Second, there is trend fatalism – extrapolating worrying trends today and ascribing to them the status of long-run patterns that will continue no matter. A classic of its kind in this regard is Larry Summers, former US Treasury Secretary, writing about the falls in labour market participation experienced in the US. He draws a straight line into the future from the existing experience, adds in some further pessimism, and concludes that:

“I expect that more than one-third of all men between 25 and 54 will be out work at mid-century.“

This form of fatalism can be even more dangerous – worse than concluding we don’t yet know what to do is to simply conclude that nothing can be done. Yes some forces are out of our hands, but most are not or at least not entirely so.

The issue of labour force participation provides a good means to challenge both forms of fatalism. If trend fatalism was right then every country would be seeing the increases in worklessness seen in the US. But the UK is instead seeing the opposite, with participation at an historic high underpinning a record 74.5 per cent employment rate, albeit alongside a woefully weak recovery in wages. As the chart below shows, the prime age participation rate has risen by 2.6 percentage points in the UK over the past 15 years at the same time as it has declined by 2.2 percentage points in the US. These are big differences, with similar gaps vs the US existing in other northern European countries. Overall, if the US had UK employment levels there would be almost 11 million more people in work today.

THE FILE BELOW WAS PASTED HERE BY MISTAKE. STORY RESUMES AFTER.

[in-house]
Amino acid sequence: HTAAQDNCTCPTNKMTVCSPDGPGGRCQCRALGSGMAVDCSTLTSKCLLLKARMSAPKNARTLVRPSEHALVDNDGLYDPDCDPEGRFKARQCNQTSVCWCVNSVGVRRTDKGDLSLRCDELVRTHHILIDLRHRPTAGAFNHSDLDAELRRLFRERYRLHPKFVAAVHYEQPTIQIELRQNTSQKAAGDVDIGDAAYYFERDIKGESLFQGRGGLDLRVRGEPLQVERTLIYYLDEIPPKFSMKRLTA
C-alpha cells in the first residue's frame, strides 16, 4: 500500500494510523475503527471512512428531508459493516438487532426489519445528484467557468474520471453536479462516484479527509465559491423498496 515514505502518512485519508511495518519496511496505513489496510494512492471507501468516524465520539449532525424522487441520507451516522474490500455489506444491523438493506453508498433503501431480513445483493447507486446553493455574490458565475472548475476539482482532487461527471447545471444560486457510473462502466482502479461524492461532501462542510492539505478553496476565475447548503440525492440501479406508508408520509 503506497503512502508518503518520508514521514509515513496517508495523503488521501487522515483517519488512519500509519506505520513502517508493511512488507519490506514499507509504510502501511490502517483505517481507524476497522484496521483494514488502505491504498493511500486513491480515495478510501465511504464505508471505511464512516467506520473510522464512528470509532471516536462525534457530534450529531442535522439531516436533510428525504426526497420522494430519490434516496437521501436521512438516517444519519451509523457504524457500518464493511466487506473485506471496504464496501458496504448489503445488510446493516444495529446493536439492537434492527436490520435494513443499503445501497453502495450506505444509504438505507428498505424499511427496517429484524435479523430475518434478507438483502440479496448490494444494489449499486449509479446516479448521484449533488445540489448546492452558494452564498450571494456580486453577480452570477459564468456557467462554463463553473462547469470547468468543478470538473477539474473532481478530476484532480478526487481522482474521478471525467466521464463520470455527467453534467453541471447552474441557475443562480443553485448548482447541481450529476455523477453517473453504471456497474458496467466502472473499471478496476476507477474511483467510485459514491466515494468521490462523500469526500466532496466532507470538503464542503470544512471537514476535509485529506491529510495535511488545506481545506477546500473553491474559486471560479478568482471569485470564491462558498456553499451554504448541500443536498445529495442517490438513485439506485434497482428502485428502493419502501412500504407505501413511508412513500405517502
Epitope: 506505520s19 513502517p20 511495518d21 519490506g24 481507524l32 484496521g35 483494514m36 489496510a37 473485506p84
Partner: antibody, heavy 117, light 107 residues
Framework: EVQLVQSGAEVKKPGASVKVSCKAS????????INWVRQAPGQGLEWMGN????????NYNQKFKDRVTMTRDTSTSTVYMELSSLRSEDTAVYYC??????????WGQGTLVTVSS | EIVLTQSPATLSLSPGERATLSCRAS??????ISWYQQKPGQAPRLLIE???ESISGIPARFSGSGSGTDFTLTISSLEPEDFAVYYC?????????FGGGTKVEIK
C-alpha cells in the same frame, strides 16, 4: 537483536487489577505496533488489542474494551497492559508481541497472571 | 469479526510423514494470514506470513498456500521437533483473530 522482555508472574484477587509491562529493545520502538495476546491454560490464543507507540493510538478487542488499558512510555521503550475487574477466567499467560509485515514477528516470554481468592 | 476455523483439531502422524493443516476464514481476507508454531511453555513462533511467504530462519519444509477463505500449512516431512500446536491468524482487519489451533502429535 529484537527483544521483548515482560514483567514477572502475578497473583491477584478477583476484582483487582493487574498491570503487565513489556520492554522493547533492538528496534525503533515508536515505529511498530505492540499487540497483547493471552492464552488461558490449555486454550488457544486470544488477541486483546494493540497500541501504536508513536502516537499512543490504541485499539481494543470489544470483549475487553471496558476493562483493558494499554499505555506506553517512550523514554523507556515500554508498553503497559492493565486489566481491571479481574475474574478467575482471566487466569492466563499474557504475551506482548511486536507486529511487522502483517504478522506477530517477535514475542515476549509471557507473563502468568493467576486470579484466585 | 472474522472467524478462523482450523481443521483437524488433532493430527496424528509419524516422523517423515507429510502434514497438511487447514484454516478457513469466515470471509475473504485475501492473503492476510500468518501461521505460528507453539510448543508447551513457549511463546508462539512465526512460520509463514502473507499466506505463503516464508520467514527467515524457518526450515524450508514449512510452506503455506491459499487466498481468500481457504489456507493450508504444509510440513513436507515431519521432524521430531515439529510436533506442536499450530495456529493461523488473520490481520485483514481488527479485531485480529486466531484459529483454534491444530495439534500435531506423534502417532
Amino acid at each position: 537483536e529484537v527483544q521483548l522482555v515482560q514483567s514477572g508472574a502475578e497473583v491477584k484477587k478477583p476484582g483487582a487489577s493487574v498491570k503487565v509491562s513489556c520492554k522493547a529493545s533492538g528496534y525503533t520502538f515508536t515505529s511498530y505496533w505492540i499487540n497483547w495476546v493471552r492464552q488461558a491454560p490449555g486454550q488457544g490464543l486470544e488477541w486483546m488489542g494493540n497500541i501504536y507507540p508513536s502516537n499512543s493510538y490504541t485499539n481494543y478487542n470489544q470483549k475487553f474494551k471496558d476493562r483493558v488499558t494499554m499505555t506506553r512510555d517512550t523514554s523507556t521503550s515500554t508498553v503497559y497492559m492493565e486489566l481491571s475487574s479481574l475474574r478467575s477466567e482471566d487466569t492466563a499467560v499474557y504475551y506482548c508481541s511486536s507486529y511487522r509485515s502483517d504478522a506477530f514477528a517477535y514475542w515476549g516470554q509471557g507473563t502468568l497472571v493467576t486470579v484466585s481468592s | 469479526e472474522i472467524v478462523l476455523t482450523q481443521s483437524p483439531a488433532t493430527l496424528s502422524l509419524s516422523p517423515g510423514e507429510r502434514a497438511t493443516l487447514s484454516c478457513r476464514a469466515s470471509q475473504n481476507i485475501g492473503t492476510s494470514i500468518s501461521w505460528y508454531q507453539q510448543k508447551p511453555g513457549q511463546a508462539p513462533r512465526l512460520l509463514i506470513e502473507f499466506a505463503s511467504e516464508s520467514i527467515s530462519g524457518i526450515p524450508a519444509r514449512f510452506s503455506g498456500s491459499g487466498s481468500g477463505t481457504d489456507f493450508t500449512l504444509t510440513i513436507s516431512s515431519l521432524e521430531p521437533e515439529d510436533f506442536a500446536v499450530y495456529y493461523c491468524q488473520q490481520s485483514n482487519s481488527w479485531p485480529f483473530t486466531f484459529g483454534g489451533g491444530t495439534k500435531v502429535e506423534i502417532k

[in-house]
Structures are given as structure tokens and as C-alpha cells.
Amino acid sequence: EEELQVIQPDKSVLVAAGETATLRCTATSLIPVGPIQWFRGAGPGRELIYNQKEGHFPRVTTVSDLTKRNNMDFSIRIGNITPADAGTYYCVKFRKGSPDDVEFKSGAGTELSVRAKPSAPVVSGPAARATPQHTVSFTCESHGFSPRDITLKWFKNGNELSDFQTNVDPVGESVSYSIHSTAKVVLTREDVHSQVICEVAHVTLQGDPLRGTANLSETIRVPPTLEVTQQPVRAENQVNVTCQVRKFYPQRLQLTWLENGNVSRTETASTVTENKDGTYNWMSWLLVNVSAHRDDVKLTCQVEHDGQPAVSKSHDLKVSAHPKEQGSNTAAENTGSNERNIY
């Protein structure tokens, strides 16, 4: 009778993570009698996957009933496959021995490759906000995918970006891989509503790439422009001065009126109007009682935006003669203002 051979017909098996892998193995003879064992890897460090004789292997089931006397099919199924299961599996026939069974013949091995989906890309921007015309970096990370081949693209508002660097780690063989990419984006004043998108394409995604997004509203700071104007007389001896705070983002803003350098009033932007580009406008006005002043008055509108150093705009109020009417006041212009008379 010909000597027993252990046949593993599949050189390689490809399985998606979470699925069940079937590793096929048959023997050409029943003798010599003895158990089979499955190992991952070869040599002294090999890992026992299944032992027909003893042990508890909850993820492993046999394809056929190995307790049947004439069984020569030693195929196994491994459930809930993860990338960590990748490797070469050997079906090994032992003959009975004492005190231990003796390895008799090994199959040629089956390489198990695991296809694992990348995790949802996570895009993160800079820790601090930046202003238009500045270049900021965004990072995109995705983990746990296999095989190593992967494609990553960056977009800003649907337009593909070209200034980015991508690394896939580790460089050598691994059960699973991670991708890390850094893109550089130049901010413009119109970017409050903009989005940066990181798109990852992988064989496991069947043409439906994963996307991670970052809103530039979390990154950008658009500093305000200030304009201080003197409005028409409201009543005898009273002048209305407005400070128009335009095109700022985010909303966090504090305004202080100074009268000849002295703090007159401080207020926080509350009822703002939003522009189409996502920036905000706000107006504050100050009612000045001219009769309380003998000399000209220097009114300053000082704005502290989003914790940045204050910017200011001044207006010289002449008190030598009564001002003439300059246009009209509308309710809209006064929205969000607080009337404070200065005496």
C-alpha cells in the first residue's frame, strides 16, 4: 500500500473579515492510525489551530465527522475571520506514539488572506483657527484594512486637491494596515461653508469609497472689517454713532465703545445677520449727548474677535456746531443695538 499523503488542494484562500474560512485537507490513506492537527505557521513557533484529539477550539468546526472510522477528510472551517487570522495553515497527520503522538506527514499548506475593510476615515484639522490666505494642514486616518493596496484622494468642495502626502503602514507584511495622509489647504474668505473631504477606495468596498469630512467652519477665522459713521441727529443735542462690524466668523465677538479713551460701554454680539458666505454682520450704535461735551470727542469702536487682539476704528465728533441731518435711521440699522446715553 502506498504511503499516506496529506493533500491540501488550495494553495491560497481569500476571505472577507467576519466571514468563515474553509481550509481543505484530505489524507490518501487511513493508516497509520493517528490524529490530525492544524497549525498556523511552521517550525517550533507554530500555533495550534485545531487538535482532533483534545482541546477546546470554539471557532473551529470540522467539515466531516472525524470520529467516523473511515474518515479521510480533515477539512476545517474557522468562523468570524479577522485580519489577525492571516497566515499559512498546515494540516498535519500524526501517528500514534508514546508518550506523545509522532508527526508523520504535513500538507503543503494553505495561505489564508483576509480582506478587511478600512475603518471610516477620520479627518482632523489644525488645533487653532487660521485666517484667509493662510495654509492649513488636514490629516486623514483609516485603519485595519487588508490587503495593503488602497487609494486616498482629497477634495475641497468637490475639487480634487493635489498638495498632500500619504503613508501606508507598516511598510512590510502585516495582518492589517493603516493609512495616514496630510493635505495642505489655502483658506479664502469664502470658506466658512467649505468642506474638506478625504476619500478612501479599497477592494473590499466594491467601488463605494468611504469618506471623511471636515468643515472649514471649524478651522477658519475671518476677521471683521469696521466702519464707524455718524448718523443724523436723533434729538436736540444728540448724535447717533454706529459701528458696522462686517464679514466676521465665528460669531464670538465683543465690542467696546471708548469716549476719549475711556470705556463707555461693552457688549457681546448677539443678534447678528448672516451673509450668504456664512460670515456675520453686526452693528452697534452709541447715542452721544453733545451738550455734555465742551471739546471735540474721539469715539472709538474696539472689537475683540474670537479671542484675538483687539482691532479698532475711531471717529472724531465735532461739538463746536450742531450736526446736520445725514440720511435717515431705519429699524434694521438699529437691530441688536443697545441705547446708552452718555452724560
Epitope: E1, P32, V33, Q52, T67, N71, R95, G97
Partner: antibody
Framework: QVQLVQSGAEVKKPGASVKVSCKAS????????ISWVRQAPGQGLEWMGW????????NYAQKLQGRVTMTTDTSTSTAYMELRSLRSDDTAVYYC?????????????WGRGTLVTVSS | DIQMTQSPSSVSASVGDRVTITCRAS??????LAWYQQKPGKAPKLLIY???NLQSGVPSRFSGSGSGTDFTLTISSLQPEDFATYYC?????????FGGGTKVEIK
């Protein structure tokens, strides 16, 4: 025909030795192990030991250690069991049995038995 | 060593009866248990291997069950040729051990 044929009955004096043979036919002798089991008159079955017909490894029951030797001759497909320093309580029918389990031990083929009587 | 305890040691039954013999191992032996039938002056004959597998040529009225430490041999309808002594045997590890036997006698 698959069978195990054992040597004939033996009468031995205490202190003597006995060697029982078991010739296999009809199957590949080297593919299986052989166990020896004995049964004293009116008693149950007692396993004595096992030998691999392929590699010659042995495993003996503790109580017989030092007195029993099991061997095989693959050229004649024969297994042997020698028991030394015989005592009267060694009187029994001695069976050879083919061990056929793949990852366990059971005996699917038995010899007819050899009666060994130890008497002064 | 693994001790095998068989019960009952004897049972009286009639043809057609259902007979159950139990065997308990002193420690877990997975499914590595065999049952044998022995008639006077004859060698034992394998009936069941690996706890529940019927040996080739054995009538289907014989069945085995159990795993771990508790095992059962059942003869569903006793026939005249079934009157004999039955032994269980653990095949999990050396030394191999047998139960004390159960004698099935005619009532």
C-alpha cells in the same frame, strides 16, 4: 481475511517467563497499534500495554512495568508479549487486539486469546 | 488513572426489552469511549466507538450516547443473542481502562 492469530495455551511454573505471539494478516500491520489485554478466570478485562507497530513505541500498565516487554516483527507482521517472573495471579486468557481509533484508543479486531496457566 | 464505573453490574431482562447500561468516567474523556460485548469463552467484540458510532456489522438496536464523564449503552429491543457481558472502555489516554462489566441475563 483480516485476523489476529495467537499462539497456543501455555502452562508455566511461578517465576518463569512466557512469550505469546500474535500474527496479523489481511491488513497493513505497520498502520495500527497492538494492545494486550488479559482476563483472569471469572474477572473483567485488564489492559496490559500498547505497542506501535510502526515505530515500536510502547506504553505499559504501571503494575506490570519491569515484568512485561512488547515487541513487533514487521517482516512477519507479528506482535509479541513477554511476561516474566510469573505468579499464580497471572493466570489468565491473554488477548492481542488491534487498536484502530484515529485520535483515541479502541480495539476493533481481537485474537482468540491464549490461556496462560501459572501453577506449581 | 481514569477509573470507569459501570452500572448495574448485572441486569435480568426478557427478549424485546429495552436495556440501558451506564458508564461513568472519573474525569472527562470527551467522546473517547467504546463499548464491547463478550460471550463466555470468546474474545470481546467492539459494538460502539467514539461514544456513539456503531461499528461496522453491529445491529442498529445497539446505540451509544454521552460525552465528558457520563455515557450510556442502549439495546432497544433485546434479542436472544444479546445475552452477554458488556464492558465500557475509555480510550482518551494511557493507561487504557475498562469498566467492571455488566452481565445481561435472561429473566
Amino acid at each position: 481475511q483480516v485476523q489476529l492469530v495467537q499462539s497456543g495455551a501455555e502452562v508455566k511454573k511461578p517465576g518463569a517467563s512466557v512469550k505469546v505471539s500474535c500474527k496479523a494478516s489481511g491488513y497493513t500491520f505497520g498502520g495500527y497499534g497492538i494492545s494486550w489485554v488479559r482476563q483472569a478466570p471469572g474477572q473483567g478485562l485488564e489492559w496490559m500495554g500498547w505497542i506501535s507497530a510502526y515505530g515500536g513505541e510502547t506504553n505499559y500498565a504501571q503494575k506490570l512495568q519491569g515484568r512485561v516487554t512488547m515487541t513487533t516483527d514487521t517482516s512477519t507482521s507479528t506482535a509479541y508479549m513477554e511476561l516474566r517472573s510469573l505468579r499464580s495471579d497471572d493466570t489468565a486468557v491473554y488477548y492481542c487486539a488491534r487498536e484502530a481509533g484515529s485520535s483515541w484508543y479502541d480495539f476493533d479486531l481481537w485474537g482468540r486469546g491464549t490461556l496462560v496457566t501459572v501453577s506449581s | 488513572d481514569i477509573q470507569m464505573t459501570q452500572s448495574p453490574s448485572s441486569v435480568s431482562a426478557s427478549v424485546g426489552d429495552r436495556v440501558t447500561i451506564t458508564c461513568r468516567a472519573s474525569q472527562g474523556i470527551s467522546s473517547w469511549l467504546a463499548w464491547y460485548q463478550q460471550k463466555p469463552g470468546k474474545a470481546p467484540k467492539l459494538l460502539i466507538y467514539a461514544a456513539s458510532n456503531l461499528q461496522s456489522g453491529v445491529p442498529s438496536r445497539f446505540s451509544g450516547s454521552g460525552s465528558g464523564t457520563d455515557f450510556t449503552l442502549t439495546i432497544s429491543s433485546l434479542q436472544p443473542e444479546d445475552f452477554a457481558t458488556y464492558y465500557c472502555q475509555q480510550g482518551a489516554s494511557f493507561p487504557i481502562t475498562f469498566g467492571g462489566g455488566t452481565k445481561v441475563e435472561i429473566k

The UK’s experience also challenges policy fatalism. The evidence is that policy rather than global forces or luck has driven this success. Improvements for specific groups – for example single parents and second earners – are a feature of policy action, and have in turn lead to reductions in inequality. Tax credits and a higher minimum wage have increased the incentive to work, while welfare policy has also increased the expectation that people do so. Advances in childcare and maternity policy have also underpinned increased prime age female participation which, incredibly, is actually falling in the US. Challenges remain, for older and disabled workers, but great strides have been made.

This highly divergent UK/US experience should remind us of some core principles that should be central to politics and policy making. Bad trends are not there to be analysed and written off as inevitable, they are there to be turned around. Gaps in our policy armoury should be highlighted, but the fact that we don’t know everything must not be used to argue that we don’t know anything. We know enough to recognise that inaction on labour market participation in the US is a choice, and the wrong one, just as inaction on vocational education here in the UK is a choice and the wrong one.

So if Donald Trump wants to live up to his humble claim to “be the greatest jobs producer that God ever created” the UK’s experience provides some practical steps to how he could get started. And for those hoping that better days for progressive policy making will come, it’s important that humility about who the world currently works for doesn’t become fatalism about the change that is possible. Our task is to challenge not condone those saying that evidence doesn’t matter, that policy doesn’t change things, and that politics has shrunk to anger not answers. Indeed if the rise of Trump teaches us anything, it’s that voters will choose bad answers over no answers at all.